National

Survey begins in 5 States to find new ‘enemy properties’

Press Trust of India New Delhi | Updated on January 20, 2018 Published on March 25, 2016

survey

New Bill to amend Enemy Property Act

With the aim of finding new enemy properties, the government has launched a survey in five States, including Delhi, for identification of movable and immovable assets once held by people who migrated to Pakistan.

“The survey work has started in five States – Uttar Pradesh, West Bengal, Madhya Pradesh, Kerala and Delhi – for identification of new enemy properties,” a Home Ministry official said.

Team deployed

In order to detect more enemy properties in the States by conducting the survey in an organised manner, the Home Ministry has appointed 65 personnel, including 50 surveyors and 15 accountancy and management personnel, for the task.

After the Indo-Pak war of 1965 and 1971, many people migrated to that country subsequent to which the Indian government, in accordance with the Defence of India Rules, framed under the Defence of India Act, took over the properties and companies of such persons who had taken Pakistani nationality.

These ‘enemy properties’ were vested by the Central government in the Custodian of Enemy Property for India.

Among the enemy properties under the jurisdiction of custodian of Enemy Property of India in Mumbai are ₹310 crore worth fixed deposits, treasury bills and government stock, ₹177.6 crore worth bank balance and ₹37.54 lakh gold and silver jewellery, as on December 31, 2015. Officials said there are several thousand crores of rupees worth of ‘enemy properties’ spread across the country.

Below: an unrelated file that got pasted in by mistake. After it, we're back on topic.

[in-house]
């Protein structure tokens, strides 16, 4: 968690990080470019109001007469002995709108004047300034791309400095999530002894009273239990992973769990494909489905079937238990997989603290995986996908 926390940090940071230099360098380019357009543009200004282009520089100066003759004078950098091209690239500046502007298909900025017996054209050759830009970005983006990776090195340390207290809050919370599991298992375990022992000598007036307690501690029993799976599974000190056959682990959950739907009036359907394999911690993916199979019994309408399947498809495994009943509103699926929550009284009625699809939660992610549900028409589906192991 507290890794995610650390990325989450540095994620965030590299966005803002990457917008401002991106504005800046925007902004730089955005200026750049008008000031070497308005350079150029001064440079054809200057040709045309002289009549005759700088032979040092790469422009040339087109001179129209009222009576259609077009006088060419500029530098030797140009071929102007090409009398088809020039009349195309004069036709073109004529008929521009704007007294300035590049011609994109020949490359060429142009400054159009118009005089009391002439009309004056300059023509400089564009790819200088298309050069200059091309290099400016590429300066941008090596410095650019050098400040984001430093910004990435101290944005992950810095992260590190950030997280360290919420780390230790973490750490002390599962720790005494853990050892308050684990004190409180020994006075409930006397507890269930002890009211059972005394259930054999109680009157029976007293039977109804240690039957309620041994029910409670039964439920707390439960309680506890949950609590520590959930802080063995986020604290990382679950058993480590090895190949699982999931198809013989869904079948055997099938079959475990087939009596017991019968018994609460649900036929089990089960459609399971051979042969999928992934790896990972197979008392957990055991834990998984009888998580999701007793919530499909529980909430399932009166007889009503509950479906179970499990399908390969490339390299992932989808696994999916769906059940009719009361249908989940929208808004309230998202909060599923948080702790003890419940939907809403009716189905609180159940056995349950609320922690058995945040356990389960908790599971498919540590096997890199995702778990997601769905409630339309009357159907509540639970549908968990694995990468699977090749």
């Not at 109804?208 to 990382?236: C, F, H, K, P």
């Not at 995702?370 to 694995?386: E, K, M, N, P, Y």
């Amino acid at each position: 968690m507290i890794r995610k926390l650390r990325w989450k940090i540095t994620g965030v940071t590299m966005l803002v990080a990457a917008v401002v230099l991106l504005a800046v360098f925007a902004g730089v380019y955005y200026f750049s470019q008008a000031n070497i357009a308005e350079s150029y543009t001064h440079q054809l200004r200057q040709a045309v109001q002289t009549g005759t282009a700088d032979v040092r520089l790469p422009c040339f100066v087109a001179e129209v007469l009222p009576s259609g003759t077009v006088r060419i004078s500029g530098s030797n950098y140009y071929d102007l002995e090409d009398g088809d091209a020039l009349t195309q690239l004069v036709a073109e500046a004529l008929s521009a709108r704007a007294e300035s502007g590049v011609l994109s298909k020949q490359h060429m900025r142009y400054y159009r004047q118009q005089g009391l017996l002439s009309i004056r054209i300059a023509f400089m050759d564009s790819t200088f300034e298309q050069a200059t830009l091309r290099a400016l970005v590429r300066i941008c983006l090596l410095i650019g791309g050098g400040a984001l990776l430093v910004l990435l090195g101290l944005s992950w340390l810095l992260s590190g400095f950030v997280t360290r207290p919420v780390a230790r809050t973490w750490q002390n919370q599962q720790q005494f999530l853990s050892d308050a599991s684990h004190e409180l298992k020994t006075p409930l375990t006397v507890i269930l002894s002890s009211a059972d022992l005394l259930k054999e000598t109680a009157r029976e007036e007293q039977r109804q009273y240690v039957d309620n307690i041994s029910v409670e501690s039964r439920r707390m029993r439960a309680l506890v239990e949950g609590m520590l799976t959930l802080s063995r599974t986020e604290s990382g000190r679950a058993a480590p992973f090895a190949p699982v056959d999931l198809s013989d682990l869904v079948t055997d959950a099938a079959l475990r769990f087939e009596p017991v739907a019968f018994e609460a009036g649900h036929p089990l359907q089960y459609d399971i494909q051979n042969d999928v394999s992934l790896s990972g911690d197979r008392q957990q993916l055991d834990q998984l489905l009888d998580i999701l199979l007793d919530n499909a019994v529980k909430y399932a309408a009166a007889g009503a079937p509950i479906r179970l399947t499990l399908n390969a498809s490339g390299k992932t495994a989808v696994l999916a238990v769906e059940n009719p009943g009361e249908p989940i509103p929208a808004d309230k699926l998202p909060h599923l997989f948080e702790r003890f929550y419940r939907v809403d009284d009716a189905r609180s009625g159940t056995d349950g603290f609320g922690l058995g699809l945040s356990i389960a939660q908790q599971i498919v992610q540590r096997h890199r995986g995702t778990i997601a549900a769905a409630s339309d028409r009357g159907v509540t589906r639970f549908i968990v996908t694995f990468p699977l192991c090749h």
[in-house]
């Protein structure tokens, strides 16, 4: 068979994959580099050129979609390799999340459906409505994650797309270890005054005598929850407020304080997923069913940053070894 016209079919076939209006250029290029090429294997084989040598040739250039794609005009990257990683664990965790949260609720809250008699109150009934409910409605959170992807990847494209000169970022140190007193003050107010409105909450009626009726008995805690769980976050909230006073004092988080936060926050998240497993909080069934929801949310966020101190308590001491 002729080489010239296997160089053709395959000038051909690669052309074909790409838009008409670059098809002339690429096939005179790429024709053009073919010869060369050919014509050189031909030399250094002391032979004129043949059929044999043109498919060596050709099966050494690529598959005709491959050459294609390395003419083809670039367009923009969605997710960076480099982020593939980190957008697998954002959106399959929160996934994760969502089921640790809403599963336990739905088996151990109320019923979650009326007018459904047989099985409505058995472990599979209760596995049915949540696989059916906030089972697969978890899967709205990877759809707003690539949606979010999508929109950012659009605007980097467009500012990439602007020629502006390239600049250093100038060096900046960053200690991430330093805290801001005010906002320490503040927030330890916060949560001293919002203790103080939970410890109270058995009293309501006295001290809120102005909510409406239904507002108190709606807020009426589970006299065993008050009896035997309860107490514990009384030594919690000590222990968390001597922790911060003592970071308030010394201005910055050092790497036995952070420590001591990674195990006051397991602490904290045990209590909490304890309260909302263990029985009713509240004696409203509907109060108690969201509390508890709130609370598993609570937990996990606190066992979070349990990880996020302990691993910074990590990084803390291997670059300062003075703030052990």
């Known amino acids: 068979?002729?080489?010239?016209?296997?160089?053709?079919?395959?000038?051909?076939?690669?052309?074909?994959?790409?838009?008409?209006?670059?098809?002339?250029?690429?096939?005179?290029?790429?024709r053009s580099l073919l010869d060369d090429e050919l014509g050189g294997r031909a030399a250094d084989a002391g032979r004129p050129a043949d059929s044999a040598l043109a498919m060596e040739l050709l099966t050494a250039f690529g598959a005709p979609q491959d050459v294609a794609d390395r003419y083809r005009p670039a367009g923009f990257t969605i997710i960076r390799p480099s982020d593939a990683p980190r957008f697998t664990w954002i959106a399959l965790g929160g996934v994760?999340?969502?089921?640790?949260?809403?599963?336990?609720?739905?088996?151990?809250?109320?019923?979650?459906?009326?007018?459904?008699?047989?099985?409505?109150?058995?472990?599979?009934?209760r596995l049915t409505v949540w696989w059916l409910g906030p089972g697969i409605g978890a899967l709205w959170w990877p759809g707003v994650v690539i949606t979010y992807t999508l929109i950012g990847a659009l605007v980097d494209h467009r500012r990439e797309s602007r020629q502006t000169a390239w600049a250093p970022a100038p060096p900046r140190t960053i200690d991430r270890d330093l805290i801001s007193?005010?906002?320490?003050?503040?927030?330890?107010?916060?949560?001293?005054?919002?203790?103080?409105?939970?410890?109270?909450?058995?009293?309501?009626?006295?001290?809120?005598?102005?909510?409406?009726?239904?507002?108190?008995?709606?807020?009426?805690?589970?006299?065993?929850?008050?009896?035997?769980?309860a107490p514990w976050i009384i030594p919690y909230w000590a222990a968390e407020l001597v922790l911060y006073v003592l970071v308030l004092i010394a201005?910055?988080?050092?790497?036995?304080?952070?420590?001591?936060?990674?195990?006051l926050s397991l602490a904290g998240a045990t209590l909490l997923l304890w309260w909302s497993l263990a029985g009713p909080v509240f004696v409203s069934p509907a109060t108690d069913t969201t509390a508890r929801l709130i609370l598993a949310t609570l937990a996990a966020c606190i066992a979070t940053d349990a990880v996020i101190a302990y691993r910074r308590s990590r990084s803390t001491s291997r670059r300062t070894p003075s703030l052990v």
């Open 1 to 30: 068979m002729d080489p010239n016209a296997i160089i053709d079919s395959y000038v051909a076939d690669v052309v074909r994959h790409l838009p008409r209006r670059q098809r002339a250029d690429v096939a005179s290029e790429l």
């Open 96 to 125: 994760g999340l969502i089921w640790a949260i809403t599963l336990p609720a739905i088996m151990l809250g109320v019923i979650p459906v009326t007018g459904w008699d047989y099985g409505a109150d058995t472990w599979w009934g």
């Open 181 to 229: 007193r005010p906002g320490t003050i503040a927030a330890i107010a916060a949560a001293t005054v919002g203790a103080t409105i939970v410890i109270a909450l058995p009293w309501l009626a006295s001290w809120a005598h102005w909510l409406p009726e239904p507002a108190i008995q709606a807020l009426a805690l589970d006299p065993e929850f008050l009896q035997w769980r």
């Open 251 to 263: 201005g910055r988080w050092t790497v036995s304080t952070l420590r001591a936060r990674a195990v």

The survey was ordered before the Enemy Property (Amendment and Validation) Bill, 2016, which sought to amend the Enemy Property Act, 1968, was referred to a Rajya Sabha House Committee for detailed scrutiny last fortnight.

The proposed amendments include that once an enemy property is vested in the Custodian, it shall continue to be vested in him as enemy property irrespective of whether the enemy, enemy subject or enemy firm has ceased to be an enemy due to reasons such as death etc.

Through the proposed amendments, the government wants to ensure that the law of succession does not apply to enemy property; that there cannot be transfer of any property vested in the Custodian by an enemy or enemy subject or enemy firm and that the Custodian shall preserve the enemy property till it is disposed of in accordance with the provisions of the Act.

Plugging loophole

The amendments are aimed at plugging the loopholes in the Act to ensure that the enemy properties that have been vested in the Custodian remain so and they do not revert back to the enemy subject or enemy firm.

The Enemy Property Act was enacted in 1968 by the government of India which provided for the continuous vesting of enemy property in the Custodian.





Published on March 25, 2016

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